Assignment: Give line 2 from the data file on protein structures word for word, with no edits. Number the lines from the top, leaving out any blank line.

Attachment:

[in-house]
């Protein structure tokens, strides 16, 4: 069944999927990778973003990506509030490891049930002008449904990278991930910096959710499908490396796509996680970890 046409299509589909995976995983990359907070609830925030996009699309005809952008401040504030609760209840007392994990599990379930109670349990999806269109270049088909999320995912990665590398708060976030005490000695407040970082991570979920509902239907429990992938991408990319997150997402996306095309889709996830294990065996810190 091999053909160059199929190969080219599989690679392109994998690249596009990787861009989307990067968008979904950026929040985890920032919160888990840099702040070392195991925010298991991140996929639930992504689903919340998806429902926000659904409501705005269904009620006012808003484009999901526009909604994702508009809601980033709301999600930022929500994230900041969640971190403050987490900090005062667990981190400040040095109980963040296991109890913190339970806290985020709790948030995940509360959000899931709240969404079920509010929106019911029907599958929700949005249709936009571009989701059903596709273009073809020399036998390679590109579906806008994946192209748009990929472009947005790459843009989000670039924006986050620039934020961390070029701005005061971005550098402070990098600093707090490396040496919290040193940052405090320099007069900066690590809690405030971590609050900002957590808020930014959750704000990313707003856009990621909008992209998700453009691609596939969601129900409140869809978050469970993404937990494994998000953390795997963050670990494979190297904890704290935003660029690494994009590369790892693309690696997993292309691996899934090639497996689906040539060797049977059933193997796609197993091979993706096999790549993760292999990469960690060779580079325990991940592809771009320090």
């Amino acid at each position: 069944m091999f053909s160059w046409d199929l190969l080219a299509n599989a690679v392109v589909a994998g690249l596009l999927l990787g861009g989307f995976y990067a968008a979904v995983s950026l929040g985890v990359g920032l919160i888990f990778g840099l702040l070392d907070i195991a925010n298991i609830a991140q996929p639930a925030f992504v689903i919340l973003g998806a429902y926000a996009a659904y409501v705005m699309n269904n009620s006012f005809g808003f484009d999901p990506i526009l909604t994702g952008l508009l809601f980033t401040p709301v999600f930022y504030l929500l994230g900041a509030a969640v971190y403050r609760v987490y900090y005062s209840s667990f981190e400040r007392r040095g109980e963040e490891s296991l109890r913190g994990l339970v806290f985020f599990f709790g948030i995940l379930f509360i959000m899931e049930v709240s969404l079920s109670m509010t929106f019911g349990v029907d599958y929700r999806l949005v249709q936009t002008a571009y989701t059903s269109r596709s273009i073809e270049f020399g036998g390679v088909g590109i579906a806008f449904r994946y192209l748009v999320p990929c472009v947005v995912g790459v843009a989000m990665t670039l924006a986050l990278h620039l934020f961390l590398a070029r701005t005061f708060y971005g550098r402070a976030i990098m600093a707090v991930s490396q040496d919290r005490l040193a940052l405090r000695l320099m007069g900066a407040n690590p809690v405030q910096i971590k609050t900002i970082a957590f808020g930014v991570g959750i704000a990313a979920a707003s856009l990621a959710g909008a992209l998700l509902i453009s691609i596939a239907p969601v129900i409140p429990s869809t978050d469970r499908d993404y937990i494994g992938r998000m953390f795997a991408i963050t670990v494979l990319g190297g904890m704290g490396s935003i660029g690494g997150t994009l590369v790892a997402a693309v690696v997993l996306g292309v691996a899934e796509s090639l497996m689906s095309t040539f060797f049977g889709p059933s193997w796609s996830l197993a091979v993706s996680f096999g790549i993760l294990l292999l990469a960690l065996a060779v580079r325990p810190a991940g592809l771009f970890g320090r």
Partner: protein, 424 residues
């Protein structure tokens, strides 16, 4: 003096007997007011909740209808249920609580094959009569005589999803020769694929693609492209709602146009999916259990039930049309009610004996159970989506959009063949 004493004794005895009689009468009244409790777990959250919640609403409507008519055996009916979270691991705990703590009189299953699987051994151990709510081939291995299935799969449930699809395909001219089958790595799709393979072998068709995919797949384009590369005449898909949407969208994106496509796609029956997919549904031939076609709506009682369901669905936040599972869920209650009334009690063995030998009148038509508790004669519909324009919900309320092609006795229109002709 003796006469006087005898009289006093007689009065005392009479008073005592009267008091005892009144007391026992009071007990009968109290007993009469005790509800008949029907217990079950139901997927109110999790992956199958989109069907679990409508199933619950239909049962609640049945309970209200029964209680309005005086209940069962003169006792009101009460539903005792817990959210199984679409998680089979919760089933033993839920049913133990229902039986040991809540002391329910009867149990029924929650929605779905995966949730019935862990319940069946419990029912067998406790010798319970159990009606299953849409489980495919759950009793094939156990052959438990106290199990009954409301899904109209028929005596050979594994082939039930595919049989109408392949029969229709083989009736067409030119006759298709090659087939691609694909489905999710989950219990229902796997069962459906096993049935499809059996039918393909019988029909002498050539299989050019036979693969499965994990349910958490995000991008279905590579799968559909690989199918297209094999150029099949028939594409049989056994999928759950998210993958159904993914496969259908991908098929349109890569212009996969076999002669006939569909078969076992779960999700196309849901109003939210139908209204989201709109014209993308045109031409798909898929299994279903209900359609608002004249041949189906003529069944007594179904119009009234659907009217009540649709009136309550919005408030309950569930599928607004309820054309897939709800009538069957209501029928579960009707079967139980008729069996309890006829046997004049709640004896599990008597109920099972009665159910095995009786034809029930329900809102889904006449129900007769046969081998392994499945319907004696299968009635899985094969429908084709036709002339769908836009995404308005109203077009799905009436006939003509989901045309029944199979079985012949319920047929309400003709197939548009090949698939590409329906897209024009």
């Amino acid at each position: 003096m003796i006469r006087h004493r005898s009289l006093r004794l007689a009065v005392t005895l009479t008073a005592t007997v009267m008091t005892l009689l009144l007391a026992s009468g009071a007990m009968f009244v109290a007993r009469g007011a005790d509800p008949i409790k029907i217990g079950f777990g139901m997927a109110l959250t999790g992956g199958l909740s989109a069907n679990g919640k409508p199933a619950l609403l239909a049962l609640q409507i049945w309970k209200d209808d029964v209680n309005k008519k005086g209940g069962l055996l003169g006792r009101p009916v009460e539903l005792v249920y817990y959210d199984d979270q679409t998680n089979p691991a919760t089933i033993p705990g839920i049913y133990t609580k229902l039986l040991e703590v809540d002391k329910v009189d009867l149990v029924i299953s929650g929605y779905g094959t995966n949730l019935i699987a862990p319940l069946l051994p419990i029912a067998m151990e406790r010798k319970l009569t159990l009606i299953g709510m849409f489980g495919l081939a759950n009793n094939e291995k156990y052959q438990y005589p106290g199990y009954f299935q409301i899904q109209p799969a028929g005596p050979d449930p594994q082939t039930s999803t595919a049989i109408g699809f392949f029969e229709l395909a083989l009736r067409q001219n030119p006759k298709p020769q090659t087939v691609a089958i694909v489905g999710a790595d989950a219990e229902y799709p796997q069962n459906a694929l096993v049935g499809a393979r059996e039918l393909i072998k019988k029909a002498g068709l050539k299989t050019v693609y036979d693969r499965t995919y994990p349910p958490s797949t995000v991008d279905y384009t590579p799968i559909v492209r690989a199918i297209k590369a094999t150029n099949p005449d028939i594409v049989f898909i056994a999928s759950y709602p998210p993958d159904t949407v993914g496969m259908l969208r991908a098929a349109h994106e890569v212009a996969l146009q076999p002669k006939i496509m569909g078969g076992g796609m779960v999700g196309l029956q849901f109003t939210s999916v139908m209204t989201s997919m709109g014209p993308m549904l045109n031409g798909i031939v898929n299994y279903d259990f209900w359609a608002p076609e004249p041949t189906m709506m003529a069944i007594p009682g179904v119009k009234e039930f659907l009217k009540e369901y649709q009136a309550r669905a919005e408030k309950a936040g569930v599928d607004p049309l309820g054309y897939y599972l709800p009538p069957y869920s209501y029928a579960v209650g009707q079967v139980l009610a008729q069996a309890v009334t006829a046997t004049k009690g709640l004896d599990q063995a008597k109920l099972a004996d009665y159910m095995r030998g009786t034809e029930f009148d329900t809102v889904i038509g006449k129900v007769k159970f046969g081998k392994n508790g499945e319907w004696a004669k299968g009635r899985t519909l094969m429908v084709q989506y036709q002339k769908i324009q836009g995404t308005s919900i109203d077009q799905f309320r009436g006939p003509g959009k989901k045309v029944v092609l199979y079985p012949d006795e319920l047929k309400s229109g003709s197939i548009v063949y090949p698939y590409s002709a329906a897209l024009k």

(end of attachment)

């Protein structure tokens, strides 16, 4: 069944999927990778973003990506509030490891049930002008449904990278991930910096959710499908490396796509996680970890 046409299509589909995976995983990359907070609830925030996009699309005809952008401040504030609760209840007392994990599990379930109670349990999806269109270049088909999320995912990665590398708060976030005490000695407040970082991570979920509902239907429990992938991408990319997150997402996306095309889709996830294990065996810190 091999053909160059199929190969080219599989690679392109994998690249596009990787861009989307990067968008979904950026929040985890920032919160888990840099702040070392195991925010298991991140996929639930992504689903919340998806429902926000659904409501705005269904009620006012808003484009999901526009909604994702508009809601980033709301999600930022929500994230900041969640971190403050987490900090005062667990981190400040040095109980963040296991109890913190339970806290985020709790948030995940509360959000899931709240969404079920509010929106019911029907599958929700949005249709936009571009989701059903596709273009073809020399036998390679590109579906806008994946192209748009990929472009947005790459843009989000670039924006986050620039934020961390070029701005005061971005550098402070990098600093707090490396040496919290040193940052405090320099007069900066690590809690405030971590609050900002957590808020930014959750704000990313707003856009990621909008992209998700453009691609596939969601129900409140869809978050469970993404937990494994998000953390795997963050670990494979190297904890704290935003660029690494994009590369790892693309690696997993292309691996899934090639497996689906040539060797049977059933193997796609197993091979993706096999790549993760292999990469960690060779580079325990991940592809771009320090």